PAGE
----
And with Tony sometimes there’s nothing going on exactly when you expect something to be.
Right, yeah exactly.

One thing that Tony and I were talking about a little bit is that there is a really sort of un-precious sound to this band – a lot of the songs, for example, don’t really have proper endings, and there are notes flying everywhere sometimes.
It’s like a jazz group really. Also, musically it had to be the way it is - quite personal. It wouldn’t be fitting to be doing leaps in the air and swinging my arms around. I think musically there is a dignity that needs to be maintained, I think—we’re not expected to turn up and crank up and jump around. That’s what a lot of people expected at the shows really. I got a lot of messages from friends that didn’t know what to expect, and they said it was so different from what they expected, but really they felt it was quite original and they liked it even though they’d never heard the songs before.

That was what was interesting about the Ilfracoombe pub show because all those kids were just so psyched that you all were in the room and they were already jumping out of their shoes and then they got this music that is in this odd, mellow space. Although a lot of your bass playing is kind of aggressive.
That was part of my job in this project, to add a bit of grit, true grit.

One thing that I’ve enjoyed is that there are a lot of big holes in the music, specifically in your playing, sometimes on stage your body language seems—it’s almost like you are trying to hold notes back.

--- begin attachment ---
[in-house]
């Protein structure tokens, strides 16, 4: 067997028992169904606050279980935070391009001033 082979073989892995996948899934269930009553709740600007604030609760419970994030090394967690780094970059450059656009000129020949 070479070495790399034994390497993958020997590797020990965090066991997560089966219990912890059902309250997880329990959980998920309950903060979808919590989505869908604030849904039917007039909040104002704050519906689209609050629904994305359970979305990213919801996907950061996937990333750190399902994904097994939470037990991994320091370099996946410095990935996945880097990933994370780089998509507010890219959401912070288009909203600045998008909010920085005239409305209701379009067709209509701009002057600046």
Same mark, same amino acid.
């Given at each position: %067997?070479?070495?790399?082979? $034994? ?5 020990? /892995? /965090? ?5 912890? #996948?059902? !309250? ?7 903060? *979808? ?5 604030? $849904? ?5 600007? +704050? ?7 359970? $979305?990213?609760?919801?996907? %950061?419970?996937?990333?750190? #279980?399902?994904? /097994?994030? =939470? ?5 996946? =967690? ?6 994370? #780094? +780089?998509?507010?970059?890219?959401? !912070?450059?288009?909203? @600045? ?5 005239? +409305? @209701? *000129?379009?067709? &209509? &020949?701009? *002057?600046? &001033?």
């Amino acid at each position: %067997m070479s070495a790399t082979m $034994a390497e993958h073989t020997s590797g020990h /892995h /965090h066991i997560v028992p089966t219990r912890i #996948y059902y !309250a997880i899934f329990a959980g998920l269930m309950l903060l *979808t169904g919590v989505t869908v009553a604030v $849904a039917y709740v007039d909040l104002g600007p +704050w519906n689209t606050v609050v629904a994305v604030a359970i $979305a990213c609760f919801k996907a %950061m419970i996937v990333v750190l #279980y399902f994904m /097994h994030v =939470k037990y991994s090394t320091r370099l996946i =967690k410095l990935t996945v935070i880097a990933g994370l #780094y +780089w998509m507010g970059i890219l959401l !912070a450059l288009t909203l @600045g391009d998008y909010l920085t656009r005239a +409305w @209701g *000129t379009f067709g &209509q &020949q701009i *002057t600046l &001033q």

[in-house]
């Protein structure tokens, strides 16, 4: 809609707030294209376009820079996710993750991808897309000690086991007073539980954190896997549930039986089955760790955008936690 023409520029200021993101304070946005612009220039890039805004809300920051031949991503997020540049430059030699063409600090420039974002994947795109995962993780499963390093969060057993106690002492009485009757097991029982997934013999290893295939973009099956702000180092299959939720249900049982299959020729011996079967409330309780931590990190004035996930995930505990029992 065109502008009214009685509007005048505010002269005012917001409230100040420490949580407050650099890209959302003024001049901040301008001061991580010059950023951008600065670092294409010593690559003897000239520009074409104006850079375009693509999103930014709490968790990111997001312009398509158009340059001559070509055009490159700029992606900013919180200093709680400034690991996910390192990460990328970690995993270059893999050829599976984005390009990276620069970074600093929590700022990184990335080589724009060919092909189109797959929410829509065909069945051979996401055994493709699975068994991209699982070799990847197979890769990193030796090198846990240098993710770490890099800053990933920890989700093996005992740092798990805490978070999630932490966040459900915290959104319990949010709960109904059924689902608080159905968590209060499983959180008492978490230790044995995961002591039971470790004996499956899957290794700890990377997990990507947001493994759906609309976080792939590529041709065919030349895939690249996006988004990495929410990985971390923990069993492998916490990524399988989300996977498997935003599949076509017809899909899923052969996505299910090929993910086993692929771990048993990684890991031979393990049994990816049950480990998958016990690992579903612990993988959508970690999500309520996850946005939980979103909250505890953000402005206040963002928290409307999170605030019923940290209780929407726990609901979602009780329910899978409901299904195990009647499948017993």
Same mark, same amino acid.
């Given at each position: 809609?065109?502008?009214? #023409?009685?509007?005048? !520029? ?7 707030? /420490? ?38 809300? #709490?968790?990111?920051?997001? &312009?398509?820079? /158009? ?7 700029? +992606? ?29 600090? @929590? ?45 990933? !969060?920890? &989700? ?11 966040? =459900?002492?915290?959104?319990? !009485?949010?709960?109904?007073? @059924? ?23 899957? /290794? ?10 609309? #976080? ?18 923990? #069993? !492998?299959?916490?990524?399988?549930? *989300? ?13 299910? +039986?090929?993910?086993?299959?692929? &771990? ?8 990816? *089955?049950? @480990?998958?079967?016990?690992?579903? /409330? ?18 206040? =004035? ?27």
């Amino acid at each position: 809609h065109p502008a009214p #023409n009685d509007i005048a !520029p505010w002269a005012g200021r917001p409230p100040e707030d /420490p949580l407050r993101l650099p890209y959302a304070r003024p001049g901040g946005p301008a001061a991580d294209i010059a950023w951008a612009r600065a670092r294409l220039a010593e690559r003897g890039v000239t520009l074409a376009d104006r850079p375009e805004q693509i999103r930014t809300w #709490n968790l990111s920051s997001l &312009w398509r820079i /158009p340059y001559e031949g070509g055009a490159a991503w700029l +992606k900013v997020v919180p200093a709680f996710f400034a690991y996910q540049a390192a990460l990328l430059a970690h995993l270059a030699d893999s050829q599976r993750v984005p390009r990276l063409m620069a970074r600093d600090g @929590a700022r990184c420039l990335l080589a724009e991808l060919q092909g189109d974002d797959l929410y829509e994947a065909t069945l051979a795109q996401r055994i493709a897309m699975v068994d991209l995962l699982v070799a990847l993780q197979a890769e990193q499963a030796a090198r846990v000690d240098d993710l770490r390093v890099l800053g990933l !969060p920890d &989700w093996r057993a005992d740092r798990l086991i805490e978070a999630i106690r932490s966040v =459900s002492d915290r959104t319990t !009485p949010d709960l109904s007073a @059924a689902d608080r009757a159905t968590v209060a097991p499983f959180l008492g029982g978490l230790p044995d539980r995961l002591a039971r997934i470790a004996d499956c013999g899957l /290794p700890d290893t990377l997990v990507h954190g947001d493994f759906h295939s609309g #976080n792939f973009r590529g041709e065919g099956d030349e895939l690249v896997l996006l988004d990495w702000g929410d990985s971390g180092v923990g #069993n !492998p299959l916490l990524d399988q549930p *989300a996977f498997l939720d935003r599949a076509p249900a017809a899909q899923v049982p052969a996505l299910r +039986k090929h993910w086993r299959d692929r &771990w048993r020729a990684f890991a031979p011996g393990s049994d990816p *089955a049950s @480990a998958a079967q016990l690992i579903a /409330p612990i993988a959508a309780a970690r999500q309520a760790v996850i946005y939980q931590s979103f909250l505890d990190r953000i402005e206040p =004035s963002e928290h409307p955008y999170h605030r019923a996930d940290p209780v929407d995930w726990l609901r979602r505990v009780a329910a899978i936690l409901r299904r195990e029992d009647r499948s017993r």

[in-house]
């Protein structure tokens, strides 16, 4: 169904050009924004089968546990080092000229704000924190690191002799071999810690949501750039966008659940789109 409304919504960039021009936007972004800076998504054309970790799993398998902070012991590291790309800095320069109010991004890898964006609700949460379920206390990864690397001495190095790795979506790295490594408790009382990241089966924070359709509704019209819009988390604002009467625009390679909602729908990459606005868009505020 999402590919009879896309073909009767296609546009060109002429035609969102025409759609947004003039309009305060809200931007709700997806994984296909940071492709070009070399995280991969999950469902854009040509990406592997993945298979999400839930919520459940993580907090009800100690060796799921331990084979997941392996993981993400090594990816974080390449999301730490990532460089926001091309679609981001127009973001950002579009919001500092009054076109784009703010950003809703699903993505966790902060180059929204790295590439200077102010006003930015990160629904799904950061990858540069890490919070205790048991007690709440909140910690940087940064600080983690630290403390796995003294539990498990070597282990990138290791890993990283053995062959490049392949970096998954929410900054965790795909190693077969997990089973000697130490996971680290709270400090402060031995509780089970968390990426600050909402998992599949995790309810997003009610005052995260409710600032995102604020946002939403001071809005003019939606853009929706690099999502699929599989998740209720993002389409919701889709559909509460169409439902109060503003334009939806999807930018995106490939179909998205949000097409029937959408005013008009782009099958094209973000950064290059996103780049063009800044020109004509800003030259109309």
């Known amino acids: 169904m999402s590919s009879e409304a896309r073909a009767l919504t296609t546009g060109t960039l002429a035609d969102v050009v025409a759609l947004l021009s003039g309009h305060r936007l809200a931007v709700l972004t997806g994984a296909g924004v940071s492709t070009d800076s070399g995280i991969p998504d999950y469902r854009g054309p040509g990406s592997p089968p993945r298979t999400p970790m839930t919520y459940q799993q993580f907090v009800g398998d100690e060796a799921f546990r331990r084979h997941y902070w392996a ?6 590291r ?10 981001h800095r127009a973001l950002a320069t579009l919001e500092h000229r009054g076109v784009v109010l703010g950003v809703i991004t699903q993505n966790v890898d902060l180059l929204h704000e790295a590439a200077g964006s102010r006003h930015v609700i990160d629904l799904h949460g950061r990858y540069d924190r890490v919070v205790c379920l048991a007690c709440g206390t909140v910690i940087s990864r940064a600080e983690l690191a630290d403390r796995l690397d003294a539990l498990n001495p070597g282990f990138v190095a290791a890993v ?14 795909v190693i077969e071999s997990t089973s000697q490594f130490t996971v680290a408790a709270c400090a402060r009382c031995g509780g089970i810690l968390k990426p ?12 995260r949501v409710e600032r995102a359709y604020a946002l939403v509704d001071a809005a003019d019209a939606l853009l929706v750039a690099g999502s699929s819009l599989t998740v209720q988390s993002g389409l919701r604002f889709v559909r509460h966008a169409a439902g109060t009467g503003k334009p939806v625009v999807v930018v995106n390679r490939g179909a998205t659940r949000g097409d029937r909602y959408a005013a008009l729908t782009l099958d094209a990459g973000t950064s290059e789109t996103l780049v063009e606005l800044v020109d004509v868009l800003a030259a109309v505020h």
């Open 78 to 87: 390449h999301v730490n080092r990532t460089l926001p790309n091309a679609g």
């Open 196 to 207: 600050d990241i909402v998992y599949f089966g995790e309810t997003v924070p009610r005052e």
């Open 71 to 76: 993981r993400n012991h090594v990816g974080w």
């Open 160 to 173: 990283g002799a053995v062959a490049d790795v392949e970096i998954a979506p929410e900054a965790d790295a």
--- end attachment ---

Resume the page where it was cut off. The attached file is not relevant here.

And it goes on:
It’s quite a release in some ways. But it’s not because I know where I’m supposed to be at a point in the song, I know that there are actually possible variations that I can try, so I change it a little bit, but not much. Only right as the song is about to finish, that’s when I try and do a little thing there just for a moment, and then it’s finished. But if I go somewhere else during the song, it’s because I’ve lost some connection to Tony.

What have you been listening to over the last few years?
All sorts of stuff, really. Anything from Coltrane to reggae to dub to sort of bullfight music, Nouvelle Vague, because somebody gave me a record of theirs where they did a cover of “Guns of Brixton.” All sorts of stuff really.

Were you familiar with Tony’s music and his music with Fela?
Yeah, I was aware of that, I didn’t have my ear to the ground as much as I had in the past, because I was basically in the art world, the world of painting pictures and stuff so I was more up to date on the latest exhibition.

What were the beginnings of what you have been bringing aesthetically to the band from the art side of things?